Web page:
Some 500 years after Columbus, Dr Shiva argues, a secular version of the same project of colonisation continues through patents and intellectual property rights (IPRs).
The principle of effective occupation by Christian princes has been replaced by effective occupation by the transnational corporations supported by modern-day rulers.
Further, she says that 'the 'vacancy' of targeted lands has been replaced by the vacancy of targeted life forms and species manipulated by the new biotechnologies.
The duty to incorporate savages into Christianity has been replaced by the duty to incorporate local and national economies into the global marketplace, and to incorporate non-Western systems of knowledge into the reductionism of commercialised Western science and technology.
The creation of property through the piracy of other's wealth remains the same as 500 years ago'. Thus, the land titles issued by the pope through European kings and queens were the first patents.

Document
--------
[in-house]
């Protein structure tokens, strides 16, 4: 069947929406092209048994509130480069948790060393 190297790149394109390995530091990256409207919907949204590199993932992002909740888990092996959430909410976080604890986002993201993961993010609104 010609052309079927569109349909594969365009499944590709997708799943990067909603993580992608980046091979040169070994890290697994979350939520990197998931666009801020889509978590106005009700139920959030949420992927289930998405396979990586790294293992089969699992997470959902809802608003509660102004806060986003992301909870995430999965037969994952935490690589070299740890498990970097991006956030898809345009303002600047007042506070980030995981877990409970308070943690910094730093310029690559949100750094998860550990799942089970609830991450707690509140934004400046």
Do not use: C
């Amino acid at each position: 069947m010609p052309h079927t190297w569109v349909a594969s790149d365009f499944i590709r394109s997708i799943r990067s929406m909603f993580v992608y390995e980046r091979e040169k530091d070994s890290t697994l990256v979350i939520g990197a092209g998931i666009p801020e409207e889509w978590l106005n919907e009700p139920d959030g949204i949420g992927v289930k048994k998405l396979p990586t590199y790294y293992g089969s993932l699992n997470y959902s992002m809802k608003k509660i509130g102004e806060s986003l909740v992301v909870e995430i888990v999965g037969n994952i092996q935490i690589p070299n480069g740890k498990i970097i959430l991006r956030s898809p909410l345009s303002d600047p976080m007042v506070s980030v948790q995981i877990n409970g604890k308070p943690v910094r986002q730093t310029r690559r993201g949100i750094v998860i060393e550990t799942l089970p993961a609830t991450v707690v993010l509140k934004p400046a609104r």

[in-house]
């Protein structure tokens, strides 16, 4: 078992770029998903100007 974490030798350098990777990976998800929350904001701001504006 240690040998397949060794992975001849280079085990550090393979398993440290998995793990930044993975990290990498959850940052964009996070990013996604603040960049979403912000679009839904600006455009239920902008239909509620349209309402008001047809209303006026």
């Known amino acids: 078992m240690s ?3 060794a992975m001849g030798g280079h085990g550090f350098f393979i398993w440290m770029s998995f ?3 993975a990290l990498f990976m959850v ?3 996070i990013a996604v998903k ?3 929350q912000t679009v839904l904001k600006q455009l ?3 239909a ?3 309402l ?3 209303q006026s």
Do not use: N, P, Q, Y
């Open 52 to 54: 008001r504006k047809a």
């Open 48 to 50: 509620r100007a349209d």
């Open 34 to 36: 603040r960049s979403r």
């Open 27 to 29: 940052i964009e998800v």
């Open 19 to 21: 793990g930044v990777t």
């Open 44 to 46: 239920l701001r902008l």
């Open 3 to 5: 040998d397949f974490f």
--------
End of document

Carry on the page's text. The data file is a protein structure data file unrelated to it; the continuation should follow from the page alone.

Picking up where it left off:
Today, Western companies are threatening Asian heritage such as the neem, a tree native to India that has been used for centuries as biopesticide and medicine, and is being stolen in the guise of IPRs.
Since 1985, over a dozen United States patents have been taken out by US and Japanese firms on formulas for neem-based solutions and emulsions - and even for a neem-based toothpaste, a common product found all over India.
In 2002, the Second South-South Biopiracy Summit in Johannesburg concluded that Africa stands to lose huge benefits from its biodiversity due to the lack of legal protection against biopiracy.
Multinationals make huge profits from African biodiversity but do not share these with the communities who discovered, kept and transmitted the knowledge, activists argue.
'They are stealing the loaf and sharing the crumbs,' said Tewolde Berhan Egziabher, a leading expert at the Institute for Sustainable Development in Ethiopia.
As awareness of biopiracy practised by Western firms and individuals has spread among the villages, campesinos and barrios in formerly colonised countries, the indigenous people have served notice that they will not allow themselves and their property to be subjugated again.
Toronto-based Harish Mehta contributed this article to BT. He writes on environmental and intellectual property rights issues